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I am a complete fig novice. Before we moved to our rural homestead, I'd never even tasted a fig (unless you count Fig Newtons.) And since I've been constantly behind since we moved here, it's little wonder I haven't found time to research taking care of the four fig trees that came with our property. So it was a bit of a surprise when we started getting a bumper crop in October!
Originally, I'd wanted to make some fig jam with a bumper crop, but since the fire destroyed this summer's worth of canning, I just haven't have the heart to can anything. Plus, now that the pole barn is gone, I have pretty much zero space for storing canned goods. I thought I might use up all the figs in various recipes, but discovered almost all recipes call for dried figs. (This makes sense, because ripe figs are highly perishable and most stores therefore only carry them in dehydrated form.)
But drying figs at home? It seemed a dubious endeavor. Truly ripe figs are super-moist. Wouldn't it take forever to get a ripe fig dry? Turns out, the answer is no! Figs dry surprisingly fast and well.
By the way, you can use either a food dehydrator or your oven for this project. However, because ovens can't go to the low temperature that's best for drying fruit, the end result will be a little less flavorful and nutritious. (Thinking of buying a dehydrator? You do not need an expensive, fancy
machine. I love my Nesco American Harvest, which is both
affordable and long-lasting. You can buy additional trays for it, if desired.)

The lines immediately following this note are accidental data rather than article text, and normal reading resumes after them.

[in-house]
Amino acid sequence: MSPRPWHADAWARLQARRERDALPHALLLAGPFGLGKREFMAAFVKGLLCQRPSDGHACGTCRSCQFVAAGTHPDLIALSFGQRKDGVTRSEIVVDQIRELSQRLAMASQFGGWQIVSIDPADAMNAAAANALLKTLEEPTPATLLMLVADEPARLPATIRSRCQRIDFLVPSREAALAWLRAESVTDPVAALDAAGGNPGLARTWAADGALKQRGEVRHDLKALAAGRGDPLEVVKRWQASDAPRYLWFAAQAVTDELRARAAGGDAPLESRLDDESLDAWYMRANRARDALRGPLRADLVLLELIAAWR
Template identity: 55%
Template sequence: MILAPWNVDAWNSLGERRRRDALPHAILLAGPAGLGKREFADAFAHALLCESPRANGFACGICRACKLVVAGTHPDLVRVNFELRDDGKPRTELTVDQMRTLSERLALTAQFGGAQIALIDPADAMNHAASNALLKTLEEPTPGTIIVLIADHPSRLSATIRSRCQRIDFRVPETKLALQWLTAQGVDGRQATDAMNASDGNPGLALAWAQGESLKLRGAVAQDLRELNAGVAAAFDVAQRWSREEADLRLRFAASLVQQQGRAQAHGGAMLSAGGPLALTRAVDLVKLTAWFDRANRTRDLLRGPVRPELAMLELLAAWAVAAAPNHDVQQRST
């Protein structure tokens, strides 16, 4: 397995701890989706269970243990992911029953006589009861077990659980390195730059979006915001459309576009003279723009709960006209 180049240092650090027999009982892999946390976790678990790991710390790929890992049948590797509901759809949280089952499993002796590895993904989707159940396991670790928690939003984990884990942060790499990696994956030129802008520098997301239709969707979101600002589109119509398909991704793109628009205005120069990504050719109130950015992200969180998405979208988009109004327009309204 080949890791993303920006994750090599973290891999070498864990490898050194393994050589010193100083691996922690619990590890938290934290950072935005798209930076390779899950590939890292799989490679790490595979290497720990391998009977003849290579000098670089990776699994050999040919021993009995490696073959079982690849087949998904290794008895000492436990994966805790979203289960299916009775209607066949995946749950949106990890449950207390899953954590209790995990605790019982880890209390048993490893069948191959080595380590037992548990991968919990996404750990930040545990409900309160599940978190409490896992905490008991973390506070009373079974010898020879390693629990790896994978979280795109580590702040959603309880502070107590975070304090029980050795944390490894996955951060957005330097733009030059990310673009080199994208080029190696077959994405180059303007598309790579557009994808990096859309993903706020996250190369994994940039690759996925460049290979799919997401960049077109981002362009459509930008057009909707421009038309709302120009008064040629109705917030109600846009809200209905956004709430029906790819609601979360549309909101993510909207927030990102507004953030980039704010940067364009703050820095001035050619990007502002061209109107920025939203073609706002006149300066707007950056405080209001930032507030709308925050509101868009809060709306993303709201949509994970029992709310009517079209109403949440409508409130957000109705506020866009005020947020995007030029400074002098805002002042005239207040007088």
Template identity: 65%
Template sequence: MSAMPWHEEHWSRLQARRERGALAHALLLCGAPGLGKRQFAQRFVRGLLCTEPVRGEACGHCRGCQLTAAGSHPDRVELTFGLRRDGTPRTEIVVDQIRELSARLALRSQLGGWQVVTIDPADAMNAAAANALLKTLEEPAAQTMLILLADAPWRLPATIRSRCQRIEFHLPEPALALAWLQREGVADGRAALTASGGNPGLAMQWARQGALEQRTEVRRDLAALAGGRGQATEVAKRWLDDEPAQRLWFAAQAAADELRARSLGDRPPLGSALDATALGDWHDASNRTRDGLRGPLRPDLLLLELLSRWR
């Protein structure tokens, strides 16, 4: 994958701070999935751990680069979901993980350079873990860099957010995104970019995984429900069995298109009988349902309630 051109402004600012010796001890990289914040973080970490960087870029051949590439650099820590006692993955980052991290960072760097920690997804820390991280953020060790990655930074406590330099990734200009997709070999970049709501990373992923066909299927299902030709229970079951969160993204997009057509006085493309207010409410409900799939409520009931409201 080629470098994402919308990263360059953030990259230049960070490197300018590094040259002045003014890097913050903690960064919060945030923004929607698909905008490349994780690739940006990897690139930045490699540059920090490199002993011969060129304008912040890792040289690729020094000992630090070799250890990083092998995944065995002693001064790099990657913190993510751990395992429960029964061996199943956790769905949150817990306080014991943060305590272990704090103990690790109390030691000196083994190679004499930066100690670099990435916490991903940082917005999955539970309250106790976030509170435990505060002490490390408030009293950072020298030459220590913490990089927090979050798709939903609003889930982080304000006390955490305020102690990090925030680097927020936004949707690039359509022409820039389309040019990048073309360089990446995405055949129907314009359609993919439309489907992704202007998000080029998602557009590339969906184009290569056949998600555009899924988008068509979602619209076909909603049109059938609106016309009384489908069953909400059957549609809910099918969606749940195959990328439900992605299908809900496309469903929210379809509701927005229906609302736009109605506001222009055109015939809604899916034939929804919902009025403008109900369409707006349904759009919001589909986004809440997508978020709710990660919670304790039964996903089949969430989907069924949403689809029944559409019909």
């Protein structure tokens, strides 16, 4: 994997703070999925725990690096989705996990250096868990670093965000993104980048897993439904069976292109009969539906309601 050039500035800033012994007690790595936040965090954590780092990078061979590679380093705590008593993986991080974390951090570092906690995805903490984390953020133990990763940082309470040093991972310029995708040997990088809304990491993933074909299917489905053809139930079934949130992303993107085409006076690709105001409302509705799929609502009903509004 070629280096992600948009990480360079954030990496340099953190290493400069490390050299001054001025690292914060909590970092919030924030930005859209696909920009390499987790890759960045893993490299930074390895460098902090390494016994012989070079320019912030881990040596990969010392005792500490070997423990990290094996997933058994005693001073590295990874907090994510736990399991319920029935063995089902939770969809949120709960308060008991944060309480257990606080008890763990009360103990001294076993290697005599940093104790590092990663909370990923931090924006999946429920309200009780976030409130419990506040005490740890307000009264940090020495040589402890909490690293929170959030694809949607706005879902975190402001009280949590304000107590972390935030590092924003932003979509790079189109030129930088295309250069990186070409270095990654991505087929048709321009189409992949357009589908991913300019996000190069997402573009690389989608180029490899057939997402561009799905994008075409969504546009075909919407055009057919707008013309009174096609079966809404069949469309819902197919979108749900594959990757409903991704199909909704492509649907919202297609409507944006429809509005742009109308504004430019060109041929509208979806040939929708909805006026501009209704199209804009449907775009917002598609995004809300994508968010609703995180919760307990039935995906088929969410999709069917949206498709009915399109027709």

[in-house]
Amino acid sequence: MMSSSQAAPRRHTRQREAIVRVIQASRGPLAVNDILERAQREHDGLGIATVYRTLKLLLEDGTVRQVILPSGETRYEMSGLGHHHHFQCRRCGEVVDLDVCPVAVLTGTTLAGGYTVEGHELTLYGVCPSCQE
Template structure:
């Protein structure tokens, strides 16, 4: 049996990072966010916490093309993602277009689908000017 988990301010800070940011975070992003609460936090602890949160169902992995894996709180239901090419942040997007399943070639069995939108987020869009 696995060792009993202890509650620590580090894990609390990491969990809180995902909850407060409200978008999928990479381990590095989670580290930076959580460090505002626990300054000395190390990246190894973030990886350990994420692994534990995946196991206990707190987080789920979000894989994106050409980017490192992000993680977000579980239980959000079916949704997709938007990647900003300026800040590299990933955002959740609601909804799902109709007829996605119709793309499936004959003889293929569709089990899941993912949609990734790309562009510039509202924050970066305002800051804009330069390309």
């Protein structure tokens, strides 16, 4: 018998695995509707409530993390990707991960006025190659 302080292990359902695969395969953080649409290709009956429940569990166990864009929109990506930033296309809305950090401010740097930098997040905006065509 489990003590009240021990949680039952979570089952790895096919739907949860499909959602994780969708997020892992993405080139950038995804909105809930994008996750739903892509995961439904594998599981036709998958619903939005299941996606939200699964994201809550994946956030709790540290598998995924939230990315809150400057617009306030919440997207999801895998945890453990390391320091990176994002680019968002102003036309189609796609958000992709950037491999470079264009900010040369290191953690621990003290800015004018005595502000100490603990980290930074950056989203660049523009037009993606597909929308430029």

How to Dehydrate Figs
1. Cut off one fig's stem; discard. Cut the fig into quarters. (I've seen people dry fig halves, but because it takes longer for halves to dry, and since most recipes call for chopping up dried figs, anyway, I chose to quarter them.)
2. If desired, dip the fig quarters into a mixture of equal parts lemon juice and cold water. I didn't do this, but it does prevent the figs from browning while dehydrating.
3. Place fig quarters on the tray of a dehydrator. Make sure they aren't touching. Repeat steps until all the figs are on the dehydrator trays.
4. Dehydrate at 135 degrees F. until figs are completely dry, but not hard and brittle. Test a larger piece by biting into it or breaking it in half with your hands. If any liquid oozes from the fruit, it's not fully dehydrated.
5. Store dehydrated fruit in glass jars with air tight lids in a cool, dry, dark location. Dehydrated figs are best used within a year.
How to Dry Figs in the Oven
1. Follow steps 1 and 2, above.
2. Place a wire cooling rack over a rimmed baking sheet and place the fig quarters on it.
3. Dry the figs using your oven's coolest setting. If you have an oven warming drawer, I recommend using that instead, since it will usually go to a lower setting than the oven itself. Test fruit doneness, using the method described in step 4, above.
4. Store dehydrated fruit in glass jars with air tight lids in a cool, dry, dark location. Dehydrated figs are best used within a year.